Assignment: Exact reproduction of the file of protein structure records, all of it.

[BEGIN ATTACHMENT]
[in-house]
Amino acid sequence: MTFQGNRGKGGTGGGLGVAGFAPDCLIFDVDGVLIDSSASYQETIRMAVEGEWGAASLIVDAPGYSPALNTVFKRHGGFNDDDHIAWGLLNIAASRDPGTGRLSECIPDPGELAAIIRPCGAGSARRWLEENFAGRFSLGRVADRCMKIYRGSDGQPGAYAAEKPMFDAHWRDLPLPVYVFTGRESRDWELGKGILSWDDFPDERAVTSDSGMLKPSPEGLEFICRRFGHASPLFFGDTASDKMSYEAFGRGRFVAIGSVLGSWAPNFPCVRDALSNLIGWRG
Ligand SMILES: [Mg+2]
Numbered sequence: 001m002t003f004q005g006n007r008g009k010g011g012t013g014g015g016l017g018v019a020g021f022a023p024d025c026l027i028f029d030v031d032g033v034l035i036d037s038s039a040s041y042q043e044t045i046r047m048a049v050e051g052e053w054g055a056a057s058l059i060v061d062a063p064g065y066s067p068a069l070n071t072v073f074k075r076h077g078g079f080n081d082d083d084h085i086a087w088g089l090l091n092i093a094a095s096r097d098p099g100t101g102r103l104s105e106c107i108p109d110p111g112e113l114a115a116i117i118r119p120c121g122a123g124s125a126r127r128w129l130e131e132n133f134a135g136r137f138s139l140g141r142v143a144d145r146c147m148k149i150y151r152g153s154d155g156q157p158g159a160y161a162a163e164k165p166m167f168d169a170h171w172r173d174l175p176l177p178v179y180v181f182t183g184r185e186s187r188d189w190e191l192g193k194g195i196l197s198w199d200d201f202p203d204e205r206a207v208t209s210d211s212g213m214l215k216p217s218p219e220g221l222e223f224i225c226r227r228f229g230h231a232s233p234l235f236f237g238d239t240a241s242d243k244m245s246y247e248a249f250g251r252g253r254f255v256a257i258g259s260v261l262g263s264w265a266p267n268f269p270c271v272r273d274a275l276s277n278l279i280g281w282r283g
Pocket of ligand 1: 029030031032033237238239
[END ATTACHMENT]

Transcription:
[in-house]
Amino acid sequence: MTFQGNRGKGGTGGGLGVAGFAPDCLIFDVDGVLIDSSASYQETIRMAVEGEWGAASLIVDAPGYSPALNTVFKRHGGFNDDDHIAWGLLNIAASRDPGTGRLSECIPDPGELAAIIRPCGAGSARRWLEENFAGRFSLGRVADRCMKIYRGSDGQPGAYAAEKPMFDAHWRDLPLPVYVFTGRESRDWELGKGILSWDDFPDERAVTSDSGMLKPSPEGLEFICRRFGHASPLFFGDTASDKMSYEAFGRGRFVAIGSVLGSWAPNFPCVRDALSNLIGWRG
Ligand SMILES: [Mg+2]
Numbered sequence: 001m002t003f004q005g006n007r008g009k010g011g012t013g014g015g016l017g018v019a020g021f022a023p024d025c026l027i028f029d030v031d032g033v034l035i036d037s038s039a040s041y042q043e044t045i046r047m048a049v050e051g052e053w054g055a056a057s058l059i060v061d062a063p064g065y066s067p068a069l070n071t072v073f074k075r076h077g078g079f080n081d082d083d084h085i086a087w088g089l090l091n092i093a094a095s096r097d098p099g100t101g102r103l104s105e106c107i108p109d110p111g112e113l114a115a116i117i118r119p120c121g122a123g124s125a126r127r128w129l130e131e132n133f134a135g136r137f138s139l140g141r142v143a144d145r146c147m148k149i150y151r152g153s154d155g156q157p158g159a160y161a162a163e164k165p166m167f168d169a170h171w172r173d174l175p176l177p178v179y180v181f182t183g184r185e186s187r188d189w190e191l192g193k194g195i196l197s198w199d200d201f202p203d204e205r206a207v208t209s210d211s212g213m214l215k216p217s218p219e220g221l222e223f224i225c226r227r228f229g230h231a232s233p234l235f236f237g238d239t240a241s242d243k244m245s246y247e248a249f250g251r252g253r254f255v256a257i258g259s260v261l262g263s264w265a266p267n268f269p270c271v272r273d274a275l276s277n278l279i280g281w282r283g
Pocket of ligand 1: 029030031032033237238239